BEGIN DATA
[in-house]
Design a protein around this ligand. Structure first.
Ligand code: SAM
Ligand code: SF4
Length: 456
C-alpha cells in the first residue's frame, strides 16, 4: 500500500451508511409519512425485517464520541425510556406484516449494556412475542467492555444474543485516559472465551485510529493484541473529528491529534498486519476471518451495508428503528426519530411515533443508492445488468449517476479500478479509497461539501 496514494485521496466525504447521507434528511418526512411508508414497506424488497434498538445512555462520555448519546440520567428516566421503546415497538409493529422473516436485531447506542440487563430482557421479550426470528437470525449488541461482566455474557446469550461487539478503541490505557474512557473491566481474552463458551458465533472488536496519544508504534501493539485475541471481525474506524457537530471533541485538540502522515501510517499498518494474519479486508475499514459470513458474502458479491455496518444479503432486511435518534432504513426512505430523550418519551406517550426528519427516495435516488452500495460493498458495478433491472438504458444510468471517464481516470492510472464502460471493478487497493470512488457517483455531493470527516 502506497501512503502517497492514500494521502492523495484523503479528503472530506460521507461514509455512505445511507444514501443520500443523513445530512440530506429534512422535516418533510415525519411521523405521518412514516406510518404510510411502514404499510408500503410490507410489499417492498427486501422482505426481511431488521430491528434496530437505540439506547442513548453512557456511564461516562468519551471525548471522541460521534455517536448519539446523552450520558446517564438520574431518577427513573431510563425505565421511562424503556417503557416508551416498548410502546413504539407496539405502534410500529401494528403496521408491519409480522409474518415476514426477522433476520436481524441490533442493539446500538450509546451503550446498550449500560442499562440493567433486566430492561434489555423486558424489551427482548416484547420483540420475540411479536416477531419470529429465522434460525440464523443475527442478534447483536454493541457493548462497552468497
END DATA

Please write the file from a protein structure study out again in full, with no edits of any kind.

[in-house]
Design a protein around this ligand. Structure first.
Ligand code: SAM
Ligand code: SF4
Length: 456
C-alpha cells in the first residue's frame, strides 16, 4: 500500500451508511409519512425485517464520541425510556406484516449494556412475542467492555444474543485516559472465551485510529493484541473529528491529534498486519476471518451495508428503528426519530411515533443508492445488468449517476479500478479509497461539501 496514494485521496466525504447521507434528511418526512411508508414497506424488497434498538445512555462520555448519546440520567428516566421503546415497538409493529422473516436485531447506542440487563430482557421479550426470528437470525449488541461482566455474557446469550461487539478503541490505557474512557473491566481474552463458551458465533472488536496519544508504534501493539485475541471481525474506524457537530471533541485538540502522515501510517499498518494474519479486508475499514459470513458474502458479491455496518444479503432486511435518534432504513426512505430523550418519551406517550426528519427516495435516488452500495460493498458495478433491472438504458444510468471517464481516470492510472464502460471493478487497493470512488457517483455531493470527516 502506497501512503502517497492514500494521502492523495484523503479528503472530506460521507461514509455512505445511507444514501443520500443523513445530512440530506429534512422535516418533510415525519411521523405521518412514516406510518404510510411502514404499510408500503410490507410489499417492498427486501422482505426481511431488521430491528434496530437505540439506547442513548453512557456511564461516562468519551471525548471522541460521534455517536448519539446523552450520558446517564438520574431518577427513573431510563425505565421511562424503556417503557416508551416498548410502546413504539407496539405502534410500529401494528403496521408491519409480522409474518415476514426477522433476520436481524441490533442493539446500538450509546451503550446498550449500560442499562440493567433486566430492561434489555423486558424489551427482548416484547420483540420475540411479536416477531419470529429465522434460525440464523443475527442478534447483536454493541457493548462497552468497